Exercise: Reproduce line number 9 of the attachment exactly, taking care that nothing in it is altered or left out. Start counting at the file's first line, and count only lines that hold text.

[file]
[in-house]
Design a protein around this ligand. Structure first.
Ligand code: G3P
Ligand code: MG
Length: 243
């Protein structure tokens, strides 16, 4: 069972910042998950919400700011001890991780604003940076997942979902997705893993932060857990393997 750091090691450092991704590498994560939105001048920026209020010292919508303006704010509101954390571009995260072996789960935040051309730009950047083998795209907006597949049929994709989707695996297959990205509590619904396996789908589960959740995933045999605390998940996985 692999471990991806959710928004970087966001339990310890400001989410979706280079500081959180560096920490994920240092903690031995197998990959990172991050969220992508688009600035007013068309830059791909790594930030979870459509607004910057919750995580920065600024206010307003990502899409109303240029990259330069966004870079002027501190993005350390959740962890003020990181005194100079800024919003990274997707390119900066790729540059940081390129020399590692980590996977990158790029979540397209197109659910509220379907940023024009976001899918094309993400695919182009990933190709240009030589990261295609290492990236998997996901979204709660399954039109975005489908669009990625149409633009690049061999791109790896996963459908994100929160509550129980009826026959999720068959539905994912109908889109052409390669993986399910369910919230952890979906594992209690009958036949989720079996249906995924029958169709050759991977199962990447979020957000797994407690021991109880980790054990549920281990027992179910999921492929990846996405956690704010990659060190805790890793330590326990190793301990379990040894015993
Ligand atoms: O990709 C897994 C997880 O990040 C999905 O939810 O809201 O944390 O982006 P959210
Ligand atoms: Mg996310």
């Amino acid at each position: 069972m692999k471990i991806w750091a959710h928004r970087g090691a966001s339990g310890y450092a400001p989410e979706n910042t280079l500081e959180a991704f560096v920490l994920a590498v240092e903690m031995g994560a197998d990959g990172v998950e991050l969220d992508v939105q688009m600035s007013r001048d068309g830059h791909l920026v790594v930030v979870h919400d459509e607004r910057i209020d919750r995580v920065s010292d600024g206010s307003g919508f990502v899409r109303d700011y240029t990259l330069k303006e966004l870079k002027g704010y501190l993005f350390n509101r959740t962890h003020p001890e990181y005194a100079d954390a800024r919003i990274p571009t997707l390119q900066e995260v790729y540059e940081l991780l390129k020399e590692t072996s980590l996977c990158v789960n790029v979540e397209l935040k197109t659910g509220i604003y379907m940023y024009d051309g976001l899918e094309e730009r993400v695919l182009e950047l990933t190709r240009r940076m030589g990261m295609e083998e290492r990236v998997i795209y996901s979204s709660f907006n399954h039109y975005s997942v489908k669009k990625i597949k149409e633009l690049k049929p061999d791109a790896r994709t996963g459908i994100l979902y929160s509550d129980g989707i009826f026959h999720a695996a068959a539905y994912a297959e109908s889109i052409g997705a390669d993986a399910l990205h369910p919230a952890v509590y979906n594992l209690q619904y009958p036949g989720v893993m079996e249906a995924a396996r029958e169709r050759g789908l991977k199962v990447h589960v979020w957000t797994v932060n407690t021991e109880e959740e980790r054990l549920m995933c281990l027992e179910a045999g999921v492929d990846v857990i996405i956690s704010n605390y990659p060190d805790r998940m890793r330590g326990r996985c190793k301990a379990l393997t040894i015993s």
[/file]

């Amino acid at each position: 069972m692999k471990i991806w750091a959710h928004r970087g090691a966001s339990g310890y450092a400001p989410e979706n910042t280079l500081e959180a991704f560096v920490l994920a590498v240092e903690m031995g994560a197998d990959g990172v998950e991050l969220d992508v939105q688009m600035s007013r001048d068309g830059h791909l920026v790594v930030v979870h919400d459509e607004r910057i209020d919750r995580v920065s010292d600024g206010s307003g919508f990502v899409r109303d700011y240029t990259l330069k303006e966004l870079k002027g704010y501190l993005f350390n509101r959740t962890h003020p001890e990181y005194a100079d954390a800024r919003i990274p571009t997707l390119q900066e995260v790729y540059e940081l991780l390129k020399e590692t072996s980590l996977c990158v789960n790029v979540e397209l935040k197109t659910g509220i604003y379907m940023y024009d051309g976001l899918e094309e730009r993400v695919l182009e950047l990933t190709r240009r940076m030589g990261m295609e083998e290492r990236v998997i795209y996901s979204s709660f907006n399954h039109y975005s997942v489908k669009k990625i597949k149409e633009l690049k049929p061999d791109a790896r994709t996963g459908i994100l979902y929160s509550d129980g989707i009826f026959h999720a695996a068959a539905y994912a297959e109908s889109i052409g997705a390669d993986a399910l990205h369910p919230a952890v509590y979906n594992l209690q619904y009958p036949g989720v893993m079996e249906a995924a396996r029958e169709r050759g789908l991977k199962v990447h589960v979020w957000t797994v932060n407690t021991e109880e959740e980790r054990l549920m995933c281990l027992e179910a045999g999921v492929d990846v857990i996405i956690s704010n605390y990659p060190d805790r998940m890793r330590g326990r996985c190793k301990a379990l393997t040894i015993s």